But enough about the past; let us talk about the glorious now! This year's Festival program offers an exciting and eclectic series of readings, panel discussions, guided tours, unguided tours, kidnappings, performances, surgical procedures, panicked stampedes, and light housework — truly something for everyone and nothing for nobody.
And we are especially pleased to announce that Illuminated Donkey Editor-in-Chief Ken Goldstein will be returning to the Festival following his one-year hiatus. Last year, many of you registered your disappointment at his repeated, often unannounced absences, and we can assure you all that following a lengthy discussion regarding contractual obligations and the realities of the current editorial field job market, Mr. Goldstein has rededicated himself to the goal of making this event a success.
And now…on with the show!
Friday Night Roundtables
"The American Empire in the Age of Media Bias and Eurpoean Relations. Oh yeah, and Ashcroft." 8:00 P.M. Grove Street Meeting Hall.
Panelists: Eric Alterman, Ann Coulter, Christopher Hitchens, William Kristol, Paul Krugman, Lewis Lapham, Bill O'Reilly, Andrew Sullivan, and whoever else we can round up; Moderator: A Hungry Wolverine.
Some of the most outspoken and relentlessly insistent voices in the world of punditry attempt to score debating points against their toughest interrogator — a hungry wolverine — while the audience watches in safety via closed-circuit television. (By the way, if you see any of the panelists, please don't mention the wolverine. We'd like it to be a surprise.)
"Reformatting the Server Whatsits to Clear the Flibber-Flabber" 9:00 P.M. Brunswick Towers Conference Center. Panelists: Michael Whybark and Paul Frankenstein.
Longtime Illuminated Donkey contributors and associates Michael Whybark and Paul Frankenstein discuss the latest Internet technology and why it always seems to be crashing. Attendees are guaranteed that at least one-third of all words used will be intelligible to the general public.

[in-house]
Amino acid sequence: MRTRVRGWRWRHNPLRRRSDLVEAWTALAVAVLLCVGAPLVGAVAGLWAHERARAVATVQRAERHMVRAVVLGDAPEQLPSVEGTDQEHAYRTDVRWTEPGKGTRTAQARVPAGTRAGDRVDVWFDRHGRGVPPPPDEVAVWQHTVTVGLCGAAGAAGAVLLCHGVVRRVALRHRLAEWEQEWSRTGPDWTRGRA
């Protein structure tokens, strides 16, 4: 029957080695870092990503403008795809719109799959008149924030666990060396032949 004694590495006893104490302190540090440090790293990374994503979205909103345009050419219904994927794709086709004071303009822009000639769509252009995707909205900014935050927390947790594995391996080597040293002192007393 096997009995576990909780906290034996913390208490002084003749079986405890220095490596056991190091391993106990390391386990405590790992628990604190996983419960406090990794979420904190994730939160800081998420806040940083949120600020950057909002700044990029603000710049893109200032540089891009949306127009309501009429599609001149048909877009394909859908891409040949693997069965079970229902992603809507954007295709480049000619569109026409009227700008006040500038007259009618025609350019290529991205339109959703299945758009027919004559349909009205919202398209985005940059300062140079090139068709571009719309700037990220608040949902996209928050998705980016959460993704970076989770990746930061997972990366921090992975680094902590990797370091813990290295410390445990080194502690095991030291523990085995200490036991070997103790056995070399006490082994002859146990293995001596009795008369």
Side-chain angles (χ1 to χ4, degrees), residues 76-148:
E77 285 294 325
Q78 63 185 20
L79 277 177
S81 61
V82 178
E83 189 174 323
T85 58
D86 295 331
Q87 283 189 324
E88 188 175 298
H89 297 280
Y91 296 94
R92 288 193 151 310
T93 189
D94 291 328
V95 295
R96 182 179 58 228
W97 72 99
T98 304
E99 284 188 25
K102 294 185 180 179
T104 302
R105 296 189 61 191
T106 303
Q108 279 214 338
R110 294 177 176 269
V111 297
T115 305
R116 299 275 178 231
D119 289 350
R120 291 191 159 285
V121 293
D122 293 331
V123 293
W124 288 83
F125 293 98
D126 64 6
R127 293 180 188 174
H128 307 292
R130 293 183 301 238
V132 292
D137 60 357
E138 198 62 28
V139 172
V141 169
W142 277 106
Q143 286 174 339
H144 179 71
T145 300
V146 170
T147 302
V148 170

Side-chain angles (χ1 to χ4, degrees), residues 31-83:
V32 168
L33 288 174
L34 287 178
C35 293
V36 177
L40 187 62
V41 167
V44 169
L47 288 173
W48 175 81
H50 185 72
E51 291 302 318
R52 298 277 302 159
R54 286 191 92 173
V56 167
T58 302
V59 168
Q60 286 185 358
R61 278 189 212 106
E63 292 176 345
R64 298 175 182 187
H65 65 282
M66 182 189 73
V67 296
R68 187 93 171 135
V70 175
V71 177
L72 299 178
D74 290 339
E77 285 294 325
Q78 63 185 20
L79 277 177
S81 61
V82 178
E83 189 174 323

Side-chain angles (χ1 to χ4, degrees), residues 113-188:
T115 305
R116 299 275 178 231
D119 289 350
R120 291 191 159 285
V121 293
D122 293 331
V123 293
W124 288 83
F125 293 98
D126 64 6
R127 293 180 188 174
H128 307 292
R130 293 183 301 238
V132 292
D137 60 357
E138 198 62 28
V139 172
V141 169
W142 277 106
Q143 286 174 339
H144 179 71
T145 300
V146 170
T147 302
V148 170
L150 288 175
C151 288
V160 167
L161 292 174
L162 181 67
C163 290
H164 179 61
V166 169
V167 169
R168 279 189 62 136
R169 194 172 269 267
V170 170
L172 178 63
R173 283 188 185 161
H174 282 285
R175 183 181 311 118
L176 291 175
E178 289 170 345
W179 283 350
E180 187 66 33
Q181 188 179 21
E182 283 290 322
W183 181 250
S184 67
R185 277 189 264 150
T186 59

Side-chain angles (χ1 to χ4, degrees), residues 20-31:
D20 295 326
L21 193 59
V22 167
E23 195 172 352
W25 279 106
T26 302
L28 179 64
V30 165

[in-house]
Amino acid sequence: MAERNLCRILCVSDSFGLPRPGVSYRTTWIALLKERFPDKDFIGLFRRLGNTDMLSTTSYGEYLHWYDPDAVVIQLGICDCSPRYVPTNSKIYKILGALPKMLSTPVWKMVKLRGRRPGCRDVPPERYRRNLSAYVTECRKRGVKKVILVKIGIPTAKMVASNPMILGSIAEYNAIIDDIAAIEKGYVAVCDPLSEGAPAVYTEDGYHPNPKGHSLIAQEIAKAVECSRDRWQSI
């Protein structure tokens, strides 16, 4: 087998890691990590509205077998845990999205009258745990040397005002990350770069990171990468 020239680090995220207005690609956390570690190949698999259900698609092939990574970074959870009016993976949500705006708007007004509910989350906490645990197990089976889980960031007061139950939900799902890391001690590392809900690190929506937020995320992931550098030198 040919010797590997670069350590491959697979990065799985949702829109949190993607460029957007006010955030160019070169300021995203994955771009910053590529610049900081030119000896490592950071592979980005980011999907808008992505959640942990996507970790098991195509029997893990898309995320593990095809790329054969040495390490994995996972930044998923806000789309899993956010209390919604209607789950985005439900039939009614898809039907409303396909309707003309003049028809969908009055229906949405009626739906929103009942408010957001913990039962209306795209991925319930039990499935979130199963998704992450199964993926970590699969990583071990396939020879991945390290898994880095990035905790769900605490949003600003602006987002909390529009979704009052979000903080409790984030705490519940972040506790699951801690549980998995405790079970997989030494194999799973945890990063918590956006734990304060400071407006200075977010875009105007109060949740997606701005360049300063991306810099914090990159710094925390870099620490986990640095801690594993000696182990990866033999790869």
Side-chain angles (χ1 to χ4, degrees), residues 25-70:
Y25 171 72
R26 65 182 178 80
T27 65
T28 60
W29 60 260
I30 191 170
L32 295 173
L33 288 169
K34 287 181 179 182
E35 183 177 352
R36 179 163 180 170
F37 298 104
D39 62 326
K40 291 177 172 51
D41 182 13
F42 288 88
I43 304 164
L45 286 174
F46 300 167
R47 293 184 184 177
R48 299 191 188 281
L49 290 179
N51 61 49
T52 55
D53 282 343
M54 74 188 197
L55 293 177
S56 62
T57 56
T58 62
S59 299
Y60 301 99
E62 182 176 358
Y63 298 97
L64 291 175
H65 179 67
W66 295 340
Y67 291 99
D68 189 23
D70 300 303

"No…YOU'RE the Best!" 9:00 P.M. Loew's Theater, Journal Square. Panelists: A bunch of bigshot muckety-muck writers; Moderator: A writer of a slightly lesser muckety-muck status.
Join us in this beautifully restored historic site to watch a bunch of richie-rich writers fall all over themselves talking about how great they think everybody else there is and how they don't deserve to be in such esteemed company. Those in attendance are asked not to look directly at the panelists, lest you disturb the mood.
"Thirst, Alcohol, and the Single American Woman: A Sequential Panel Discussion" 11:55 P.M. Journal Square Pub. Panelists: To Be Determined; Moderator: Ken Goldstein.
The drinking habits and practices of the American single woman have long fascinated American single male researchers (the subject's interest for non-American, non-single, and non-male researchers may be discussed in a future panel). Over the course of this unique evening moderator Ken Goldstein will enlighten the audience with his attempts to purchase alcoholic beverages for a series of panelists. Mr. Goldstein will then offer a series of follow-up questions and/or beverages, or move on to a new panelist. While the event may conclude at any point, prior experience suggests that Mr. Goldstein will be in attendance until closing time.
Saturday for the Young and Young at Heart
"Peanut Butter Jelly Time: a charming and memorable performance for kids 12 and under" 11:00 A.M. Grove Public Library Showcase Room.
After graduating from the world-renowned Sheboygan Conservatory in 1953, the legendary performer Pixilated Banana thrilled audiences worldwide for decades with his pioneering dance recitals and one-banana shows. It wasn't until he moved to the Lower East Side in 1978 and met up with Smiling Donkey (himself famed for his independent film "El Burro de la Diablo"), that he became a household name. During this rare appearance, the pair will teach children the wonderful "Peanut Butter Jelly Time" song and dance, after which noted contract law expert Valerie Woolley will teach children the negotiating skills need to extract expensive gifts and amusement park trips from parents in exchange for not performing the song/dance at home.